State can – and should – play role in supporting industries that boost the economy – San Bernardino Sun

California Gov. Gavin Newsom speaks during a news conference at World Energy Paramount in Paramount on Monday, May 1, 2023. (File photo by Hans Gutknecht, Los Angeles Daily News/SCNG)

By Fernando Antonio Lozano | Inland Empire Economic Partnership

Last week, Gov. Gavin Newsom signed Executive Order N-8-23 to streamline investments in clean energy infrastructure and development in California.

If these efforts succeed, California will lead the clean energy market for many years. One should not ignore the government’s ability to fund, organize and coalesce the research, infrastructure and development of emerging industries needed to transform our current economy.

One historical example is the Tennessee Valley Authority Act. President Franklin D. Roosevelt signed in 1933 the Tennessee Valley Authority Act to promote economic development in the southeastern United States. The TVA promoted a wide range of investments in states as far west as Missouri, north as Kentucky, east as North Carolina, and south as Mississippi. While the TVA nowadays might be recognized for its electricity-generating industry, the project was ambitious at its inception. Besides generating electricity, the TVA intended to modernize the region through technological agricultural improvements and expanding the region’s infrastructure and manufacturing capacity.

What are the long-run effects of these investments? Patrick Kline and Enrico Moretti answer this question by comparing TVA regions with otherwise similar regions unaffected by the TVA. Their results suggest that investments in manufacturing and infrastructure enhanced manufacturing and agricultural productivity nationally. Importantly, these benefits exceeded the costs of the program. The TVA works as a motivating tale of the entrepreneurial power of the federal, state and local governments.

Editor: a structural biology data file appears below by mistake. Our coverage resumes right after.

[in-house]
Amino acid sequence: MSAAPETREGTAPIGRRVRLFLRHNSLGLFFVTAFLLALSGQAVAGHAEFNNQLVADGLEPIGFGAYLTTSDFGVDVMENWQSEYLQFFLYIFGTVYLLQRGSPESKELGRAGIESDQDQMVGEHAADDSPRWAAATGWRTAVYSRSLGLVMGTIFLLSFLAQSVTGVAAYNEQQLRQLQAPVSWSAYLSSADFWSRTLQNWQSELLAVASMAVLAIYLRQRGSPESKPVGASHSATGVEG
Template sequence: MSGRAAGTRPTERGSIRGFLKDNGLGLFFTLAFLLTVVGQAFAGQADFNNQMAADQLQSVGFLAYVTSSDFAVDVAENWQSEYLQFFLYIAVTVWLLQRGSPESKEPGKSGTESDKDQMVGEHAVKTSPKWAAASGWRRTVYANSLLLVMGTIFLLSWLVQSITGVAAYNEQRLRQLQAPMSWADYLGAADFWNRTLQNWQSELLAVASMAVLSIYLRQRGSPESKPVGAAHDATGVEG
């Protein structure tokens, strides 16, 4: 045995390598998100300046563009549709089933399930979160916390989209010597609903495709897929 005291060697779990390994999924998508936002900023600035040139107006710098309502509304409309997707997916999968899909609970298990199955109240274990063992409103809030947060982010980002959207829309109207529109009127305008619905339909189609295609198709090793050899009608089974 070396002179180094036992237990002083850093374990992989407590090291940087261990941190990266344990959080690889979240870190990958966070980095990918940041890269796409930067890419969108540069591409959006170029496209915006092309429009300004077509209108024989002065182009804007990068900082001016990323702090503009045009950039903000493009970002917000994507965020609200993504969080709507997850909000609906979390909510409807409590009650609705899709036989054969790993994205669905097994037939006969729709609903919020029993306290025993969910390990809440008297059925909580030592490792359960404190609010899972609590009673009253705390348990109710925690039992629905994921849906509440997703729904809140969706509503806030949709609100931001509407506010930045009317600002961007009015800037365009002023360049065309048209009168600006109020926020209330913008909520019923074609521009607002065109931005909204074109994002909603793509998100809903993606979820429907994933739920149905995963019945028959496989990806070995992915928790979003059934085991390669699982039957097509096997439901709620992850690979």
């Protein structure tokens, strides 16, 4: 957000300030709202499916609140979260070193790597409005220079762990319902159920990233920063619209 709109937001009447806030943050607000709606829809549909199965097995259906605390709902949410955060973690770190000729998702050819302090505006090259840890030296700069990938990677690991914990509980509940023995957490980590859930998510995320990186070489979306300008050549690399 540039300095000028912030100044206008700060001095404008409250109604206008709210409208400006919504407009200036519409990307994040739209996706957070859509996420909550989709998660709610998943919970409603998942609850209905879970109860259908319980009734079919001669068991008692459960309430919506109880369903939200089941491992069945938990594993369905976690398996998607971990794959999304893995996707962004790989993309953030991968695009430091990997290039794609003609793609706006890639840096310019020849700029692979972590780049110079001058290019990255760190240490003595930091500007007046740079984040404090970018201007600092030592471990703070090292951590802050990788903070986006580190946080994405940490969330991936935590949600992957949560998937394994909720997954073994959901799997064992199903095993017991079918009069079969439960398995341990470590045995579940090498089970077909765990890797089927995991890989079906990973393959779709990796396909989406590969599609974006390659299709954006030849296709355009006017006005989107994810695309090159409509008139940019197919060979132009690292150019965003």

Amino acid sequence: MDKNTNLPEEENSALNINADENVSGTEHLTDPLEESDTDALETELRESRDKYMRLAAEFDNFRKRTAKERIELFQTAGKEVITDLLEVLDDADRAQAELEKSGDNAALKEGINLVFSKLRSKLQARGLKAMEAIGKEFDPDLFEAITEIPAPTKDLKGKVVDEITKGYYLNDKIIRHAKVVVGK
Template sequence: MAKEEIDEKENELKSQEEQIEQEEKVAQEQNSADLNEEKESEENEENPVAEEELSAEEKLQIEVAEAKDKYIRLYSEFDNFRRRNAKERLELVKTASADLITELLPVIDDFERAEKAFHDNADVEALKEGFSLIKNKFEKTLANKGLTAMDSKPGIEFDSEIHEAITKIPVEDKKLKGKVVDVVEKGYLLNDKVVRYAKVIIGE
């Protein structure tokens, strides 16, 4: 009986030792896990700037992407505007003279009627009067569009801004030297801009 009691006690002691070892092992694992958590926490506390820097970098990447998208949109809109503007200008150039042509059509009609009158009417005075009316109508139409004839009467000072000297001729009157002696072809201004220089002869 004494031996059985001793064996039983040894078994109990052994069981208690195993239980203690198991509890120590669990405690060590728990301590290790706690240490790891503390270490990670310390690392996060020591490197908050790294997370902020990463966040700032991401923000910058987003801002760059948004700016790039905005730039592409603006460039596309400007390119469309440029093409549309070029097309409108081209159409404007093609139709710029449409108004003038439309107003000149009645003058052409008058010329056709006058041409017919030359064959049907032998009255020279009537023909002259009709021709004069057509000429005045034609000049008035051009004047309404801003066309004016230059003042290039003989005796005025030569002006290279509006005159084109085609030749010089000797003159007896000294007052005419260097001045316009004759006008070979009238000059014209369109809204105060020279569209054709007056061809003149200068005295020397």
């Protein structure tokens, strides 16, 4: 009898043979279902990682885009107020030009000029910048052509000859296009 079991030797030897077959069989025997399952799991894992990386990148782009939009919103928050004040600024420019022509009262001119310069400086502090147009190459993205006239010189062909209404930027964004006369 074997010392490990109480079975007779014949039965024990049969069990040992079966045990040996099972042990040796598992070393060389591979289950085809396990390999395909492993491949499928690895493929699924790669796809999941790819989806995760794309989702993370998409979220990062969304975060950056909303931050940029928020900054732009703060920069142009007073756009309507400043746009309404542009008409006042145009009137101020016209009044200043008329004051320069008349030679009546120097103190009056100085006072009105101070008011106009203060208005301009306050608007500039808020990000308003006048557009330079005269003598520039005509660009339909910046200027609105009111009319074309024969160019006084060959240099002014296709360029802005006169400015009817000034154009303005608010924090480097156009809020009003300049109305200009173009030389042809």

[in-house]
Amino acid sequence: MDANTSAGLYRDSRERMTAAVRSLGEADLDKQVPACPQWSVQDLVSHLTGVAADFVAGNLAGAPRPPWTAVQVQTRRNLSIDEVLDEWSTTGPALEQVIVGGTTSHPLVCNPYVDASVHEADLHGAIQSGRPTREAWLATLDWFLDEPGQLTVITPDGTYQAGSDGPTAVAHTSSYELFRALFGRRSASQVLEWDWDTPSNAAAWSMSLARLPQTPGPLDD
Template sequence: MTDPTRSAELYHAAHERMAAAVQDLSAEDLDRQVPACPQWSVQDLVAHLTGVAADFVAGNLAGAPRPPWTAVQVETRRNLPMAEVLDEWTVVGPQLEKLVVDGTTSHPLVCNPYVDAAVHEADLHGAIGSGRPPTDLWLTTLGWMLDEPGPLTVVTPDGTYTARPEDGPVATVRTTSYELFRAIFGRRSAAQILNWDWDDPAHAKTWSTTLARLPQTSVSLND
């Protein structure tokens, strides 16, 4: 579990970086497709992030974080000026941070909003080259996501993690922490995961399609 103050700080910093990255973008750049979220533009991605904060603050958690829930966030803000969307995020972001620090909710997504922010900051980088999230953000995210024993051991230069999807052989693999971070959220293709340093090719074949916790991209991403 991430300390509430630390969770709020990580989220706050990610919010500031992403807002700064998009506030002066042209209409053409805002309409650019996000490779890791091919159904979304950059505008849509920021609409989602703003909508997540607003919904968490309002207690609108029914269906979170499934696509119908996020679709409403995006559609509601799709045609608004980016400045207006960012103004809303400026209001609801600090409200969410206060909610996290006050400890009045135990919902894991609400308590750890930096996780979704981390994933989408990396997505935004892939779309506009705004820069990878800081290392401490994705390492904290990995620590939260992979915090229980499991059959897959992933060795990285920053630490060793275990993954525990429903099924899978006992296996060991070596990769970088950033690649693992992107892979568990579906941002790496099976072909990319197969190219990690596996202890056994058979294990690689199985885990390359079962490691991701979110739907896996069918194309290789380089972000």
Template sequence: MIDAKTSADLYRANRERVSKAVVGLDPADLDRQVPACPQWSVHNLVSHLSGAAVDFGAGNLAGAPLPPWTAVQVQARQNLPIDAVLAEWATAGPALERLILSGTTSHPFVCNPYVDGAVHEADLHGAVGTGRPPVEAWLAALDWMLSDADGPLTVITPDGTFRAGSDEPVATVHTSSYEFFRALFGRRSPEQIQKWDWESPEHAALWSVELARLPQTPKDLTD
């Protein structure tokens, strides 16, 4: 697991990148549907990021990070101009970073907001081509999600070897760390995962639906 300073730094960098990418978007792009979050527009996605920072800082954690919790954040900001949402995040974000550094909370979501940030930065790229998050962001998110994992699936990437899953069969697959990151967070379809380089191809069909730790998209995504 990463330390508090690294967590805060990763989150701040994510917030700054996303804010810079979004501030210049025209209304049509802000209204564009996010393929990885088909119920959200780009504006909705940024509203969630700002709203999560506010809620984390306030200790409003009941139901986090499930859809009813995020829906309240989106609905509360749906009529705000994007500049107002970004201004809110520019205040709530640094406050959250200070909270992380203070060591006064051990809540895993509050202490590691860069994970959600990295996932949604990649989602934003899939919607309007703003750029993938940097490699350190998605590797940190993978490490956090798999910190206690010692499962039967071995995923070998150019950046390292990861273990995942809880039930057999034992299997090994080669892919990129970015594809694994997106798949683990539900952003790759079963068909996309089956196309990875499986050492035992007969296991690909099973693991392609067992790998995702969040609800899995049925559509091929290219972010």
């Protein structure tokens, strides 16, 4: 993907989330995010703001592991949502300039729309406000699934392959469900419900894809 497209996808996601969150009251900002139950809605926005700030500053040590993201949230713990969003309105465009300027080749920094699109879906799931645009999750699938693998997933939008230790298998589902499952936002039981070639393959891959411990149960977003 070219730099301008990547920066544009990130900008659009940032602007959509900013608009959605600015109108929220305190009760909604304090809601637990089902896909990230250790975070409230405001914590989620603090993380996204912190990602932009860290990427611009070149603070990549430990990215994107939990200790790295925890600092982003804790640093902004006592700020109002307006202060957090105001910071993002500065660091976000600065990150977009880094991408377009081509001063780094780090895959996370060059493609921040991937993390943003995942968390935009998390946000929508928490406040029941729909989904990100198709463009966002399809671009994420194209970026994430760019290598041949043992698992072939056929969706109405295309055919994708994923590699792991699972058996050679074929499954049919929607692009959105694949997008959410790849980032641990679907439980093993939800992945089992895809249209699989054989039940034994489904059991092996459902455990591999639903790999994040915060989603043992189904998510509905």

Government can finance and promote projects that the private sector is not able or willing to do: perhaps because of the scale of the project, perhaps because of the project’s risk. For example, we can think of the Apollo program in the 1960s and its spillovers on our current technology use, or how the National Interstate and Defense Highways Act of 1956 enhanced trade across regions. The Biden Administration is not blind to these historical examples and intends to use the government’s ability to promote new technologies through the Infrastructure Investment and Jobs Act, the CHIPS Act and the Inflation Reduction Act.

Newsom equally intends to position California as a leader in emerging technologies. The state expects to spend more than $180 billion during the next decade on building clean energy infrastructure, roads, and bridges, modernizing our ports and expanding our rail offerings. The biggest asset the state has is its people: an entrepreneurial workforce in a knowledge economy that is the product of the UCs, the Cal State system and the community colleges. Yet knowledge in isolation wavers and stagnates. The government must invest in connecting people, allow ideas to flourish and incrementally develop the emerging industries that will define the economy of the future.

History shows that the government can positively affect a region’s economic development. Newsom’s recent executive order that streamlines investments focusing on clean infrastructure, and coordinates the state’s entrepreneurial endeavors into emerging markets, gives California the edge as the global leader in the new economy.

Fernando Antonio Lozano is Morris B. and Gladys S. Pendleton professor of economics at Pomona College.

The Inland Empire Economic Partnership’s mission is to help create a regional voice for business and quality of life in Riverside and San Bernardino counties. Its membership includes organizations in the private and public sector.

Originally Appeared Here

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